Education is not a subject for party politics: New HRD Minister
New Delhi, Jul 6: Asserting that dialogue is the key to avoid agitations, HRD minister Prakash Javadekar today said education is not a subject for party politics, as he replaces Smriti Irani who had a controversy-ridden tenure.
Speaking to reporters here, Javadekar said he was open to suggestions and consultations with everyone. He lauded the "good initiatives" taken by Irani and said he will also speak to her to take them forward.
"I am a product of student agitation, so we will always talk with everybody. So with dialogues in place, there will be no necessity of agitation," Javadekar said.
Irani's tenure was marked by controversies including JNU row and protests in Hyderabad University following dalit scholar Rohith Vemula's death. There have also been allegations by opposition parties of saffronisation.
"I accept this (new) responsibility humbly and I will talk to our earlier minister Murli Manohar Joshi," he said.
Joshi, a former BJP president, is now part of Margdarshak Mandal. The HRD minister said he believes that education should be student-centric and encourage innovation.
On the new education policy, which is being formulated by the HRD ministry currently, Javadekar said it needs to become more relevant and "we have to make our education system more innovative".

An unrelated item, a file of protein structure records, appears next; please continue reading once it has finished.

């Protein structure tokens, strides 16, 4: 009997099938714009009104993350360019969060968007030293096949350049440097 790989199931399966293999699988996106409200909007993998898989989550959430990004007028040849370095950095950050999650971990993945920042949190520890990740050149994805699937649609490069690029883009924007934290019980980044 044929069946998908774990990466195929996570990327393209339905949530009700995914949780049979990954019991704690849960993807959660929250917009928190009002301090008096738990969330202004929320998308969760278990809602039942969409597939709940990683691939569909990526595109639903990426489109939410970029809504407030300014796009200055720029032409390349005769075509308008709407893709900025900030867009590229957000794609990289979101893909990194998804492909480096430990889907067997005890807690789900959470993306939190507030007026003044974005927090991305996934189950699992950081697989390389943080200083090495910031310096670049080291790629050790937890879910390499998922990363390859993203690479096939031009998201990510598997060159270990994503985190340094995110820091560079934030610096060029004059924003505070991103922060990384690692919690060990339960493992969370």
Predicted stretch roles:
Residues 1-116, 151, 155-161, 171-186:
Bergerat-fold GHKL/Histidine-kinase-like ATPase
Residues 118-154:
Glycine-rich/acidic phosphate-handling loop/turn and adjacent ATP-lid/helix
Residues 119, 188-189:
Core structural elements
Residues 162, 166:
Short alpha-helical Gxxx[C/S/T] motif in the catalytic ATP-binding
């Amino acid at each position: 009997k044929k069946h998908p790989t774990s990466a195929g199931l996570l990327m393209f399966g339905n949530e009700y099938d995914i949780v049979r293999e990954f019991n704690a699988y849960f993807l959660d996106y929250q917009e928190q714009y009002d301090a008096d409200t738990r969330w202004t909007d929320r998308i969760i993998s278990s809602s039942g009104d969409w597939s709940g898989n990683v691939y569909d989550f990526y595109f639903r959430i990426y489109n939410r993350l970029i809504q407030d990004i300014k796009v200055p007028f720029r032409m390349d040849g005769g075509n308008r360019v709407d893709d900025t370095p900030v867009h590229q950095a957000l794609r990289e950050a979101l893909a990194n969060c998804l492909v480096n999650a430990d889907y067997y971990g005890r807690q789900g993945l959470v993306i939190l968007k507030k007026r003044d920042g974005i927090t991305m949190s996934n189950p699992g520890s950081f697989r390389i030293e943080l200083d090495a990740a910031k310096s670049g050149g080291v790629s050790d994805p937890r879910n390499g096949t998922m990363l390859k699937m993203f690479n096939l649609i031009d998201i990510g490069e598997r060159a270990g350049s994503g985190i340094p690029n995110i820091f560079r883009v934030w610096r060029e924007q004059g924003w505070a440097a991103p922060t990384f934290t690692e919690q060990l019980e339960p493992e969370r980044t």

He emphasised that standard of education has to be raised. Asked about his elevation as a Cabinet minister, Javadekar said that for taking the responsibility of HRD ministry, "you need to have a Cabinet minister. So o its a technical requirement."
Speaking about his handling of the Environment and Forests Ministry, Javadekar said that he had always worked to empower tribals and any criticism on these aspects is misplaced.
Asked about reports of Congress' planned agitation on the alleged dilution of Forest Rights Act, Javadekar retorted with an apparent jibe at Rahul Gandhi, asking "Has their leader returned? I don't know. That is their internal issue."
He added that while political parties have a right to put forth their views and agitate, but "there is no case for any agitation (on this issue) as of now".